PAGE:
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Armed with transfer and posting powers, AD Khawaja to continue as Sindh IG, rules SHC

KARACHI: The Sindh High Court ruled on Thursday in favour of the civil society petitioners that had approached the court against the removal of Sindh IG Allah Dino Khawaja as well as for reforms in the police department. IG Khawaja will continue to serve as the provincial police chief. The verdict came on civil society’s...

SAMAA | - Posted: Sep 7, 2017 | Last Updated: 4 years ago
SAMAA |
Posted: Sep 7, 2017 | Last Updated: 4 years ago

KARACHI: The Sindh High Court ruled on Thursday in favour of the civil society petitioners that had approached the court against the removal of Sindh IG Allah Dino Khawaja as well as for reforms in the police department.

IG Khawaja will continue to serve as the provincial police chief. The verdict came on civil society’s petition challenging the removal of the Sindh IG from his post by the provincial government and seeking reforms in the police department. A two-judge bench, comprising justices Munib Akhtar and Omar Sial, announced the judgment.

The court in its judgment restored IG Khawaja's powers of transfers and postings within the police department. The Sindh government had in June withdrawn Khawaja's powers to decide the transfers and postings of senior police officials in the province.

The SHC ordered the provincial government to legislate in order to equip the IG with the powers of transfers and postings. In its short order, the bench dismissed the notification for removal of Khowaja from the IG post, ruling that the provincial government could not remove an IG without any justification.

The court also made it mandatory for the government to follow the judgment in the Anita Turab case under which an IG could not be removed from his post before three years of his appointment.

Currently, IG Khawaja was holding his office on a stay order granted by the SHC during the hearing of a set of petitions challenging the Sindh government's move to replace him.

On May 30, another bench, headed by Justice Akhtar, had reserved its verdict after hearing concluding arguments from the lawyers representing the petitioners, the federal and provincial governments and IG Khawaja.

A group of non-profit organisations, including the Pakistan Institute of Labour Education and Research and Urban Resource Centre, had filed the petition, seeking reforms in the policing system and against the Sindh government’s decision to send IG Khawaja on ‘forced’ leave in December last year.

Later, in April this year, they moved two applications seeking contempt of court proceedings against the provincial authorities for removing Khawaja from the IG’s post in violation of the court’s stay order and assigning the additional charge of the post to AIG Abdul Majid Dasti. Ever since, the court had stayed IG Khawaja’s removal from office.

In his concluding arguments, the petitioners’ lawyer, Faisal Siddiqui, had told the judges that in its letter addressed to the cabinet division dated March 31, the Sindh government had requested the federal government to take back the IG’s services and issue a notification to this effect.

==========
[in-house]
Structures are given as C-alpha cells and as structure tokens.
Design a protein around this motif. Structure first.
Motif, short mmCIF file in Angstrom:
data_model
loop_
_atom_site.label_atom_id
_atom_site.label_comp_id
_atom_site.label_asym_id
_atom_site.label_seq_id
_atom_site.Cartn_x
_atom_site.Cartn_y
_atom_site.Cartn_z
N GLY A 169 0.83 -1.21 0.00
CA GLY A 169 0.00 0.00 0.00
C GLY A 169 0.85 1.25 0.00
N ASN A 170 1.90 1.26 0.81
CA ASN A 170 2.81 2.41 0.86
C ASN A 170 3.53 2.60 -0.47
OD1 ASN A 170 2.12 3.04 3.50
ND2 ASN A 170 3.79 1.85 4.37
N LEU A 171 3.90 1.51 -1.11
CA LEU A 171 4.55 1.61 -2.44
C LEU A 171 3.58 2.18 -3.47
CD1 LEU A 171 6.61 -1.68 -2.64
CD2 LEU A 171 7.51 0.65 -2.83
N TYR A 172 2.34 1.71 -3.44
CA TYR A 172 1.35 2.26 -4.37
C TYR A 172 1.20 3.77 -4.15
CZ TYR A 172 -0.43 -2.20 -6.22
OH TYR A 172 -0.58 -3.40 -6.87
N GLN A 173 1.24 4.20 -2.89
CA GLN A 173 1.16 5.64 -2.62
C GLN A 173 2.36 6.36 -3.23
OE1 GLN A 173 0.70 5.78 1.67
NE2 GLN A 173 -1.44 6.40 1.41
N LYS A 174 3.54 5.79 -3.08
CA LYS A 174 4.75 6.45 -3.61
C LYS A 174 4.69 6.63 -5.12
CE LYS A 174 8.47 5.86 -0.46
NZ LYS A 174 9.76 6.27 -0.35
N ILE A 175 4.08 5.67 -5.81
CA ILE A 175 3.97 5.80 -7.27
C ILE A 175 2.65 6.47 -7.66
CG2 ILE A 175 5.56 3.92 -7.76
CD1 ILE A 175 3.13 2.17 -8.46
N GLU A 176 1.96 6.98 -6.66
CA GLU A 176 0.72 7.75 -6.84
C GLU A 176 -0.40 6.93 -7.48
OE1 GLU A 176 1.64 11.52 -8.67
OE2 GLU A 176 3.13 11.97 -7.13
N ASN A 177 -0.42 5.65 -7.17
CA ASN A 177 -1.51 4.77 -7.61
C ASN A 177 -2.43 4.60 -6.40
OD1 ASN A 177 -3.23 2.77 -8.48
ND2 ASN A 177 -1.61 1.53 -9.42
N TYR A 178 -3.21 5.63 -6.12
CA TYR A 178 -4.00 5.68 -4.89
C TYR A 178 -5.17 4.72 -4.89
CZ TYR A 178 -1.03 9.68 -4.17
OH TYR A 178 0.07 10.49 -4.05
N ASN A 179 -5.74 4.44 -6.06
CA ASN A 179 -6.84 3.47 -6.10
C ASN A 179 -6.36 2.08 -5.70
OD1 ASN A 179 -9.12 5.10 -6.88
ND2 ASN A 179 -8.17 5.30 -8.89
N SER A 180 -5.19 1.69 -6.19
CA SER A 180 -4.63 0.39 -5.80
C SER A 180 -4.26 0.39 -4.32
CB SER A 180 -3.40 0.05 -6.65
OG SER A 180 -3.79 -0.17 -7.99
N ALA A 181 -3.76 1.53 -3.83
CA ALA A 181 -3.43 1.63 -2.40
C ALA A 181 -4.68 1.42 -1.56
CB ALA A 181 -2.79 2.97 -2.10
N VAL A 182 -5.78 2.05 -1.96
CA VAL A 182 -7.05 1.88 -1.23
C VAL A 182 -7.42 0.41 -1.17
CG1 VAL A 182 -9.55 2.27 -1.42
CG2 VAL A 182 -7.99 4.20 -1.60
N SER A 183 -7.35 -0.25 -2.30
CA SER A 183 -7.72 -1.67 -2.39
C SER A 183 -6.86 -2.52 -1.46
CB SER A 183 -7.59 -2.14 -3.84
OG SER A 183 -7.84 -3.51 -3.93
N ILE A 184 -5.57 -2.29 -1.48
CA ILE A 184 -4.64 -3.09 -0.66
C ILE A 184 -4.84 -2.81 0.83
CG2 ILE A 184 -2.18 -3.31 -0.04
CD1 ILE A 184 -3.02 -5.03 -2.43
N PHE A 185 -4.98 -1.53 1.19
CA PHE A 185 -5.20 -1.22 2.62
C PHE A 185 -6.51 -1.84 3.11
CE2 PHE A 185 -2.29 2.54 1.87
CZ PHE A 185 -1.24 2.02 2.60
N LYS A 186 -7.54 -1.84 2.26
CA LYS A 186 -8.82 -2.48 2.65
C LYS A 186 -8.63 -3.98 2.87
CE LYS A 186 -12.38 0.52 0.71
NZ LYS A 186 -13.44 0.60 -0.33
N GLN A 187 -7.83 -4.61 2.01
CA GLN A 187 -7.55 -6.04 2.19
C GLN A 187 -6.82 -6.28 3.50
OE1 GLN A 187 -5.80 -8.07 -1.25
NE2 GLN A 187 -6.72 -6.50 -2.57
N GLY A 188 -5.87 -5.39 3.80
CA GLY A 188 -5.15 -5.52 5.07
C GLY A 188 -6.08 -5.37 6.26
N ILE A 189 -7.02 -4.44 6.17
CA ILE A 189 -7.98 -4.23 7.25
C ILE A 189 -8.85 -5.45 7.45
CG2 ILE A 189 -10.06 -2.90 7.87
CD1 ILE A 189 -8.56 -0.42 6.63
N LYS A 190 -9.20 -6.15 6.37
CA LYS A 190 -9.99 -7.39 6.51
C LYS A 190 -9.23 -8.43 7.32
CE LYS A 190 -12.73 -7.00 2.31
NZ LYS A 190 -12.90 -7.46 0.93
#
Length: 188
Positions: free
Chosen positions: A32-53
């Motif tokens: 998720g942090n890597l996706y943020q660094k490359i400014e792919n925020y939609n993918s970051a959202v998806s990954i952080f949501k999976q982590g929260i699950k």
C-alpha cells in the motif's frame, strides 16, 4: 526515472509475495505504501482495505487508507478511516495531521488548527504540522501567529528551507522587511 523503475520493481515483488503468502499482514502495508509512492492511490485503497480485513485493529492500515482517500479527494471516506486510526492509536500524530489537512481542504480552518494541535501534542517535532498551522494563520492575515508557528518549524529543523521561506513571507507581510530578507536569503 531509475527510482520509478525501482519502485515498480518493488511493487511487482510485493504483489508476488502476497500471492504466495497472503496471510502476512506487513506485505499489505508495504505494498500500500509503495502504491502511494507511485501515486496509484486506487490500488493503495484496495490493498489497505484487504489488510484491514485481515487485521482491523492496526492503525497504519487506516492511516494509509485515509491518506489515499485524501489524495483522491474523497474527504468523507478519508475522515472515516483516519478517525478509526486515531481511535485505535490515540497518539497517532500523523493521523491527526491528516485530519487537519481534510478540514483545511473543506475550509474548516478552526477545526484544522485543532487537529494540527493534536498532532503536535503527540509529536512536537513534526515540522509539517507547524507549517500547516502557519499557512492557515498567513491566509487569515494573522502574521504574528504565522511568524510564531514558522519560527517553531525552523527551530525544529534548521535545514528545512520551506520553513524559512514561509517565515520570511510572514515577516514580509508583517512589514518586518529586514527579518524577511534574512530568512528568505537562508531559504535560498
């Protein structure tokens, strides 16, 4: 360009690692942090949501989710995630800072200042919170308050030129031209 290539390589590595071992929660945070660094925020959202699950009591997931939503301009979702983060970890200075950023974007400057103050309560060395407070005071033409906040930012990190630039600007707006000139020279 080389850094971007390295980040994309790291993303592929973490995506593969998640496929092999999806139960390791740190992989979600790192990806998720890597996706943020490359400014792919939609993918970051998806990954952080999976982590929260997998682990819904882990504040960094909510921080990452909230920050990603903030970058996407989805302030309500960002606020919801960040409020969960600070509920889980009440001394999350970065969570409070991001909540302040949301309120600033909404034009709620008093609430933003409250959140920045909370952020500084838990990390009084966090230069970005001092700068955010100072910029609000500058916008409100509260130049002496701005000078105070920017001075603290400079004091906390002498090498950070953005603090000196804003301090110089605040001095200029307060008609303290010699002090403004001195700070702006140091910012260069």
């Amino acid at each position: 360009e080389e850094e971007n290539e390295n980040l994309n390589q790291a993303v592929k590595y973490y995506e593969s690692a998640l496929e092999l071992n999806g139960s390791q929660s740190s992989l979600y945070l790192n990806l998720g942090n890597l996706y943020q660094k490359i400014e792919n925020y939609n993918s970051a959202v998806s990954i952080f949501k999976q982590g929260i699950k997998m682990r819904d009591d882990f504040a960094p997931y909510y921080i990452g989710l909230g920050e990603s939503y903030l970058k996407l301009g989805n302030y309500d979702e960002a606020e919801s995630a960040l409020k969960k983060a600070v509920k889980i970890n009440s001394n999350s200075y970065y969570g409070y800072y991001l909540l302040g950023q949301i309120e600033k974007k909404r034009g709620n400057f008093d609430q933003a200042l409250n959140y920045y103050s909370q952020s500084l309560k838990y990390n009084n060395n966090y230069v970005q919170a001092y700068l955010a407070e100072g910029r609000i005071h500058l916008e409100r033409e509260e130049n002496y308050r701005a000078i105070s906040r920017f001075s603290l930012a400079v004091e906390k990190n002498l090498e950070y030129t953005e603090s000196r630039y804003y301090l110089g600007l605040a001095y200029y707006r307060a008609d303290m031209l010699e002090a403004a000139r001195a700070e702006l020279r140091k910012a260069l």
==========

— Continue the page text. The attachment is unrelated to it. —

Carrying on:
However, before the federal government could issue the notification, the provincial government removed IG Khawaja the next day from the post of Sindh police chief and issued a notification regarding the surrender of his services to the Centre on its own.

He had argued that the provincial government had revived the Police Act, 1861, through the Police Act, 2011, and had repealed the Police Order, 2002.

The lawyer had contended that there were no grounds for the provincial government to object to the contents of the petition. He had also refuted the provincial advocate-general’s allegations that the petitioners had filed the petition in collusion with IG Khawaja and the federal government. The AG gave no proof of such allegations, he added.

In his arguments, AG Barrister Zamir Ghumro had contended that the provincial government had the authority to appoint the IG, adding that Khawaja was not removed from the post because he was working on an own-pay scale (OPS) basis. Therefore, he had told the judges that the laws requiring the heads of the provincial government departments to serve on the post for a term of five years does not apply to Khawaja. He had pleaded the court to dismiss the petition as it lacked merit for passing any order.

The judgment comprises 98 pages, which pointed out that the tenure of an IG’s term is clearly mentioned in the Police Rules 1986. The judges wrote that it is binding upon the Sindh government to follow these rules. The judgment further equipped the IG with powers to curb any interference, including those of ministers, in the police force’s matters.

Speaking to the media after the verdict, Faisal Siddiqi said that the Sindh government will now have to let the IG complete his five-year term. While the government can remove the IG if there is some justification, the IG now holds the power to appoint and transfer police officials, said Siddiqi. The reinstatement of Police Act 1861 has been upheld by the court.

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